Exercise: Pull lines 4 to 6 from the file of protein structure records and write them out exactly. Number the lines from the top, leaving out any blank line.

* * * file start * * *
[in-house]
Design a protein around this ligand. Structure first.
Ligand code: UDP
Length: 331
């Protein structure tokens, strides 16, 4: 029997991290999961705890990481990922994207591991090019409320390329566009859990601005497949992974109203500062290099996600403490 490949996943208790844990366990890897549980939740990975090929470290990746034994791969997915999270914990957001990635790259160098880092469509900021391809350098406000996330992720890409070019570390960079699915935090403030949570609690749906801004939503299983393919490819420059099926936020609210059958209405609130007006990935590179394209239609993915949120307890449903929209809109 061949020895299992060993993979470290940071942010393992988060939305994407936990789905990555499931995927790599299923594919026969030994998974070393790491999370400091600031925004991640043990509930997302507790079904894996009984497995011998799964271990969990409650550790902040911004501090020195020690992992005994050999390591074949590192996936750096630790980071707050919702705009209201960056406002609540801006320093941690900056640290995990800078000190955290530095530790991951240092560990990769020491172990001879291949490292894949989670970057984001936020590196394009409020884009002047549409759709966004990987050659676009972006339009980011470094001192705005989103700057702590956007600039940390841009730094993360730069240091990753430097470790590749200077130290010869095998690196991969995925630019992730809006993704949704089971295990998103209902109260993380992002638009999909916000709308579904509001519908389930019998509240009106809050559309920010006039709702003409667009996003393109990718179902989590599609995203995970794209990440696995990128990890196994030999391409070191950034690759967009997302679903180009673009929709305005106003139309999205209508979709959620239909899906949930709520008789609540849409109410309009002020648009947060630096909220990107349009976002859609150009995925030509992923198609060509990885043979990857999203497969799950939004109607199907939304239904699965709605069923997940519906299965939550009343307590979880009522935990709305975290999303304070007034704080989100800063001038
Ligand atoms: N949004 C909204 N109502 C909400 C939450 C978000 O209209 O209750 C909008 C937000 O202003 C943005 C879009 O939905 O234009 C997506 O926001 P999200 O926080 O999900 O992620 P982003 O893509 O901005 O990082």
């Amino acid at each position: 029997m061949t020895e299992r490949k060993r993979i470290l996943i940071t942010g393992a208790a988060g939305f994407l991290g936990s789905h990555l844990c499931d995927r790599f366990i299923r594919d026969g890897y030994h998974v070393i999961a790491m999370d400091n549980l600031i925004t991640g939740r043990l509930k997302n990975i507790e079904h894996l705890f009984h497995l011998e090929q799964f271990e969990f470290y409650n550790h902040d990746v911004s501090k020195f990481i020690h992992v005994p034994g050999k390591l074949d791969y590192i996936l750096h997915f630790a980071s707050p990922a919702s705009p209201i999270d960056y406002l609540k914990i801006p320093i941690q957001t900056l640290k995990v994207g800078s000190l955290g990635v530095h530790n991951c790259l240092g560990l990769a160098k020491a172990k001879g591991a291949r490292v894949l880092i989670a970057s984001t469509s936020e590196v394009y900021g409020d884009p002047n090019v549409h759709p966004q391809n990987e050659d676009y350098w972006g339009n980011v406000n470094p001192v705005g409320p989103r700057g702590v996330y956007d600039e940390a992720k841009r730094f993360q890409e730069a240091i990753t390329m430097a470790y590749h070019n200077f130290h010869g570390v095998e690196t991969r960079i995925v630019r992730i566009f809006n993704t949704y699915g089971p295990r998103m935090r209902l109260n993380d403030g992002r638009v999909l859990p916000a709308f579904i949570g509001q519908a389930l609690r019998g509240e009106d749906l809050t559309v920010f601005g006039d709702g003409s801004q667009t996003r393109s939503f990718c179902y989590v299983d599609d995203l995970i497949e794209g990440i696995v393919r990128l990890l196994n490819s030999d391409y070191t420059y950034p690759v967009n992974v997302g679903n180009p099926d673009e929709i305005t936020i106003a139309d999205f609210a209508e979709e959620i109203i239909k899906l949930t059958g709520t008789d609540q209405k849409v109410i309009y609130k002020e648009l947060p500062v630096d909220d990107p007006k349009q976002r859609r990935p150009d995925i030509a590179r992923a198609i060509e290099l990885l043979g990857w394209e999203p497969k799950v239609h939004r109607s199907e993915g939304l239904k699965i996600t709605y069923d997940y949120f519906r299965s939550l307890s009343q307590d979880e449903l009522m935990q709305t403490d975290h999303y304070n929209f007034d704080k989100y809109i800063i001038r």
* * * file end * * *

Length: 331
């Protein structure tokens, strides 16, 4: 029997991290999961705890990481990922994207591991090019409320390329566009859990601005497949992974109203500062290099996600403490 490949996943208790844990366990890897549980939740990975090929470290990746034994791969997915999270914990957001990635790259160098880092469509900021391809350098406000996330992720890409070019570390960079699915935090403030949570609690749906801004939503299983393919490819420059099926936020609210059958209405609130007006990935590179394209239609993915949120307890449903929209809109 061949020895299992060993993979470290940071942010393992988060939305994407936990789905990555499931995927790599299923594919026969030994998974070393790491999370400091600031925004991640043990509930997302507790079904894996009984497995011998799964271990969990409650550790902040911004501090020195020690992992005994050999390591074949590192996936750096630790980071707050919702705009209201960056406002609540801006320093941690900056640290995990800078000190955290530095530790991951240092560990990769020491172990001879291949490292894949989670970057984001936020590196394009409020884009002047549409759709966004990987050659676009972006339009980011470094001192705005989103700057702590956007600039940390841009730094993360730069240091990753430097470790590749200077130290010869095998690196991969995925630019992730809006993704949704089971295990998103209902109260993380992002638009999909916000709308579904509001519908389930019998509240009106809050559309920010006039709702003409667009996003393109990718179902989590599609995203995970794209990440696995990128990890196994030999391409070191950034690759967009997302679903180009673009929709305005106003139309999205209508979709959620239909899906949930709520008789609540849409109410309009002020648009947060630096909220990107349009976002859609150009995925030509992923198609060509990885043979990857999203497969799950939004109607199907939304239904699965709605069923997940519906299965939550009343307590979880009522935990709305975290999303304070007034704080989100800063001038
Ligand atoms: N949004 C909204 N109502 C909400 C939450 C978000 O209209 O209750 C909008 C937000 O202003 C943005 C879009 O939905 O234009 C997506 O926001 P999200 O926080 O999900 O992620 P982003 O893509 O901005 O990082």